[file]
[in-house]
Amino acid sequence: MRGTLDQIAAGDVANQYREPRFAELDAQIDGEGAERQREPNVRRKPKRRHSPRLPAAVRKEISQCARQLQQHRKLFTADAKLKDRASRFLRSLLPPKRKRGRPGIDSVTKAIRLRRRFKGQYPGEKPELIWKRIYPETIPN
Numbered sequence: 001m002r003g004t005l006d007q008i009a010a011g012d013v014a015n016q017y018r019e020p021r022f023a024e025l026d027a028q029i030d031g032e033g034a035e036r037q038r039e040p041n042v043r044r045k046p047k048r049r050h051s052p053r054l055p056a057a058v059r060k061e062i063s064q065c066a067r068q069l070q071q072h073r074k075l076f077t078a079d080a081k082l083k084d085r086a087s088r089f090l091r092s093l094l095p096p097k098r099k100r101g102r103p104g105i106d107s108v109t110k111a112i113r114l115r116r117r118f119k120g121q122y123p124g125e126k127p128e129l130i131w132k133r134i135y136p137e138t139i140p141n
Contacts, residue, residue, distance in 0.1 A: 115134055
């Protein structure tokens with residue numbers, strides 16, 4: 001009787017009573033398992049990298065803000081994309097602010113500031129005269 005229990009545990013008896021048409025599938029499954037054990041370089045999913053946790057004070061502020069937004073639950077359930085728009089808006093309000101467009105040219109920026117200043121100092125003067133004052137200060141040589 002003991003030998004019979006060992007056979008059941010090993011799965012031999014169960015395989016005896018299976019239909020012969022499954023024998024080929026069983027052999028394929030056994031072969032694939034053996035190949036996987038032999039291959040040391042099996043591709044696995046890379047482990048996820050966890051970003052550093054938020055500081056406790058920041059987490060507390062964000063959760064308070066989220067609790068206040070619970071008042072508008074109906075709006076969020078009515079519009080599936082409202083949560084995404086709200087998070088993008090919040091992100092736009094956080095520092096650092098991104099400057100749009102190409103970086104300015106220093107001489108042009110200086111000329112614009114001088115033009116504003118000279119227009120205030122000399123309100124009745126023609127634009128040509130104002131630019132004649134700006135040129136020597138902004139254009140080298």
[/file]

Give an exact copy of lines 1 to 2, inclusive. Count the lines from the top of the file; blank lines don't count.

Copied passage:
[in-house]
Amino acid sequence: MRGTLDQIAAGDVANQYREPRFAELDAQIDGEGAERQREPNVRRKPKRRHSPRLPAAVRKEISQCARQLQQHRKLFTADAKLKDRASRFLRSLLPPKRKRGRPGIDSVTKAIRLRRRFKGQYPGEKPELIWKRIYPETIPN